Today’s announcement of Google Desktop Search 3 and subsequent press release from the Electronic Frontiers Foundation warning people not to use it if they don’t want the contents of their computer mirrored at Google has sparked some very interesting debate.
GDS3 offers a new feature which allows you to find information stored on all your (Windows) computers no matter where you are on the internet. And, if I’m reading things right, you can view your documents wherever you are too.
The EFF is warning in its typically alarmist fashion that “Google copies your hard drive — Government smiles in anticipation.”
They have a perfectly valid point of course, but a commenter at Slashdot makes a reasonably persuasive counter argument: “The thing about Google is they make no attempt to hide the fact they are collecting a tremendous amount of data about people and people let them. If you don’t want your information stored by Google, you don’t opt into any of Google’s services.”
Funny how that’s exactly same argument used in relation to gambling, drinking and other vices. Is Google getting us addicted to convenience at dangerous expense to our privacy?
A subsequent post points out another excellent point that crossed my mind when I heard that Dell had signed a mega-deal with Google to preconfigure its PCs with Google software (including pointing all searches towards Google by default, of course). Dell customers don’t really get to ‘opt-in’ do they? (Though Dell could concievably make the Google software an ‘opt-in’ on its system configurator form or on the PC’s first boot, it seems unlikely.)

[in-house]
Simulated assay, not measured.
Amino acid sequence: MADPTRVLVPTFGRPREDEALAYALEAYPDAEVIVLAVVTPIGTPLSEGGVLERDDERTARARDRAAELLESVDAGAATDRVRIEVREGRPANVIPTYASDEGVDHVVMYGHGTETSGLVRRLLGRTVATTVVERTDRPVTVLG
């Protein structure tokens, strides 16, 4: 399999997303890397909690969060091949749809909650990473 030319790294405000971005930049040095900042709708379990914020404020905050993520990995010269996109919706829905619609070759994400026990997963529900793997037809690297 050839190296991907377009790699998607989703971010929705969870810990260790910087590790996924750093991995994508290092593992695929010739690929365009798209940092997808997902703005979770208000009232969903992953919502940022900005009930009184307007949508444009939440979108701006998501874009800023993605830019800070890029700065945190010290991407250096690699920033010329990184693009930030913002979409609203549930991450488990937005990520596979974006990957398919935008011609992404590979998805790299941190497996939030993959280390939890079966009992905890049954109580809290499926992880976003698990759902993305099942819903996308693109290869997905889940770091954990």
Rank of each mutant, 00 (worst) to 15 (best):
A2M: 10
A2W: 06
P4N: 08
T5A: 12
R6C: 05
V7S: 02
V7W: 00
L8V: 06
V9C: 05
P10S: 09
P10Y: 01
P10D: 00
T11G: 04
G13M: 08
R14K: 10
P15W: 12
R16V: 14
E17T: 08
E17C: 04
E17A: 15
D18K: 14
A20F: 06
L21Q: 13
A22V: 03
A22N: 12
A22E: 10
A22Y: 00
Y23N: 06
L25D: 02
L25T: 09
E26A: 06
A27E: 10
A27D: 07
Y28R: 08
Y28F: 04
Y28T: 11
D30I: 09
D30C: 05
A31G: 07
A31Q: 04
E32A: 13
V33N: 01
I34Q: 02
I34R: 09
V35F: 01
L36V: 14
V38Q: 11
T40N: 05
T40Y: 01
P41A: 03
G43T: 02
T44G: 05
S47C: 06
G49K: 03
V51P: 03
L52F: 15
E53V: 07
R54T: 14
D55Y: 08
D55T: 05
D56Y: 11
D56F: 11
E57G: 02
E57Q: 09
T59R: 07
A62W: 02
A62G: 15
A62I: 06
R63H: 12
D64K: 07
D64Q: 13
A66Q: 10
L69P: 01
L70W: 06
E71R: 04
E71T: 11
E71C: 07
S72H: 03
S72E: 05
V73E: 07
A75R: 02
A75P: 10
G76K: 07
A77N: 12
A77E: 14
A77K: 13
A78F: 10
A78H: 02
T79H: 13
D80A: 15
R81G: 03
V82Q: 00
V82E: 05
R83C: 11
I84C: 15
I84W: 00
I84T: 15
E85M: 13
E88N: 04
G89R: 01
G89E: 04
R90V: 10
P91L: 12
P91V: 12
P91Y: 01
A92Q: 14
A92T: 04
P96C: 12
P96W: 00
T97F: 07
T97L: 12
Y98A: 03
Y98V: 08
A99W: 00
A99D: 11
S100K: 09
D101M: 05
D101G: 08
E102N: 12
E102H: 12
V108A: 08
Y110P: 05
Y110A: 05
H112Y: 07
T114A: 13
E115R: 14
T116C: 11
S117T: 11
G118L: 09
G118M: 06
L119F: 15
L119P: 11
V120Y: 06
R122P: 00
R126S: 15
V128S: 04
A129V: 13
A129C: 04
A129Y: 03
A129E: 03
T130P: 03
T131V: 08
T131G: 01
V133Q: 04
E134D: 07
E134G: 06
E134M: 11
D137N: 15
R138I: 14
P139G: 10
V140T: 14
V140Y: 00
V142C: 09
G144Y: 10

The coverage set me wondering about what Google does know about you. Google has rapidly been expanding the services that are linked to a single Google login. A quick search of the web turned up that as long as you use a few Google features (Gmail, Google Toolbar and Perosonalised Search, for example) Google gathers the following about you:
- The complete contents of your desktop PC including email and documents
- Every web site you visit, when, how long for, how often
- Your address and credit card number
- Your mobile phone number
- Your interests, stocks you own, political interests (through Google News searches)
- The content of all webmail messages you send through Gmail (including messages you thought you’d deleted … Google retains them for up to 60 days)
- The content of all webmail messages you send TO anyone with a Gmail account (even if you don’t use Gmail yourself)
- How much money you earn through Google Adwords
I’m far from being a privacy alarmist, but it is disturbing to think how much information is being stored in one place about you now by a private company. Under the veil of new anti-terrorism laws, governments around the world including Australia, the UK and the US, could gather extraordinary intelligence on citizens very easily by legally compelling Google to disclose it without notifying users.
AS AN ASIDE | MediaConnect’s Phil Sim has some interesting thoughts on this on his blog … that global access to all your documents takes a bit of bang out of the Web 2.0 bomb. His argument: the main benefit of online word processors, spreadsheets, etc is online document storage. Google has just neatly sidestepped the whole sheebang.
He reckons the Web 2.0 advocates will now have to think well beyond their existing models and invent new ways for multiple people to collaborate on documents. (Yawn, there’s the old ‘collaboration’ furphy again… software vendors have been hyping this since the dawn of computing and it still fails to excite most computer users, or be understood by them. Maybe Phil’s onto something, maybe not.)